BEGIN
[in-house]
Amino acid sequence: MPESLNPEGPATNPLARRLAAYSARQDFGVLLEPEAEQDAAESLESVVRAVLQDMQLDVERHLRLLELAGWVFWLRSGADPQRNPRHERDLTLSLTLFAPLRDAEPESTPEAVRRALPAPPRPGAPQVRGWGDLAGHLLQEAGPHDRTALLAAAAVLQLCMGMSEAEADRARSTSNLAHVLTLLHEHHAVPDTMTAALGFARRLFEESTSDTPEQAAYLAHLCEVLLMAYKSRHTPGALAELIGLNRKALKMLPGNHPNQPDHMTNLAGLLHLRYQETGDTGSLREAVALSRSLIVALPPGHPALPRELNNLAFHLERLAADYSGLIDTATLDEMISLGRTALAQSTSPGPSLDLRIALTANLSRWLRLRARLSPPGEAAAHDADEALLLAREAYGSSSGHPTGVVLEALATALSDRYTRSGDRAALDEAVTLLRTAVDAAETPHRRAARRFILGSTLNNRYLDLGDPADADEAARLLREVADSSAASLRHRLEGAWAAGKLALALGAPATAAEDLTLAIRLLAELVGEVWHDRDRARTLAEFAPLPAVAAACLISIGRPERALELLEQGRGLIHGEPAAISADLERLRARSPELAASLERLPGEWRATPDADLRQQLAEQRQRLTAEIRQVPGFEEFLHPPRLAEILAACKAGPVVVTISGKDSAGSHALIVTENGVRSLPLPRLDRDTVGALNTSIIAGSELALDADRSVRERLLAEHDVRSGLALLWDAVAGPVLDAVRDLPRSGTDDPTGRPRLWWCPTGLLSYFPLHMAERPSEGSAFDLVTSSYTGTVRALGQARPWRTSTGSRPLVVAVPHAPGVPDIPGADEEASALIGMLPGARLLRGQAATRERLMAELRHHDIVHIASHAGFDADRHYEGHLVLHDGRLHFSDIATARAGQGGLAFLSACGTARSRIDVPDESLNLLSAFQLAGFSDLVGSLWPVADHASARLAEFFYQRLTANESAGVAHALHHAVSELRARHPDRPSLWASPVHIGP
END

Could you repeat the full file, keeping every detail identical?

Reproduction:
[in-house]
Amino acid sequence: MPESLNPEGPATNPLARRLAAYSARQDFGVLLEPEAEQDAAESLESVVRAVLQDMQLDVERHLRLLELAGWVFWLRSGADPQRNPRHERDLTLSLTLFAPLRDAEPESTPEAVRRALPAPPRPGAPQVRGWGDLAGHLLQEAGPHDRTALLAAAAVLQLCMGMSEAEADRARSTSNLAHVLTLLHEHHAVPDTMTAALGFARRLFEESTSDTPEQAAYLAHLCEVLLMAYKSRHTPGALAELIGLNRKALKMLPGNHPNQPDHMTNLAGLLHLRYQETGDTGSLREAVALSRSLIVALPPGHPALPRELNNLAFHLERLAADYSGLIDTATLDEMISLGRTALAQSTSPGPSLDLRIALTANLSRWLRLRARLSPPGEAAAHDADEALLLAREAYGSSSGHPTGVVLEALATALSDRYTRSGDRAALDEAVTLLRTAVDAAETPHRRAARRFILGSTLNNRYLDLGDPADADEAARLLREVADSSAASLRHRLEGAWAAGKLALALGAPATAAEDLTLAIRLLAELVGEVWHDRDRARTLAEFAPLPAVAAACLISIGRPERALELLEQGRGLIHGEPAAISADLERLRARSPELAASLERLPGEWRATPDADLRQQLAEQRQRLTAEIRQVPGFEEFLHPPRLAEILAACKAGPVVVTISGKDSAGSHALIVTENGVRSLPLPRLDRDTVGALNTSIIAGSELALDADRSVRERLLAEHDVRSGLALLWDAVAGPVLDAVRDLPRSGTDDPTGRPRLWWCPTGLLSYFPLHMAERPSEGSAFDLVTSSYTGTVRALGQARPWRTSTGSRPLVVAVPHAPGVPDIPGADEEASALIGMLPGARLLRGQAATRERLMAELRHHDIVHIASHAGFDADRHYEGHLVLHDGRLHFSDIATARAGQGGLAFLSACGTARSRIDVPDESLNLLSAFQLAGFSDLVGSLWPVADHASARLAEFFYQRLTANESAGVAHALHHAVSELRARHPDRPSLWASPVHIGP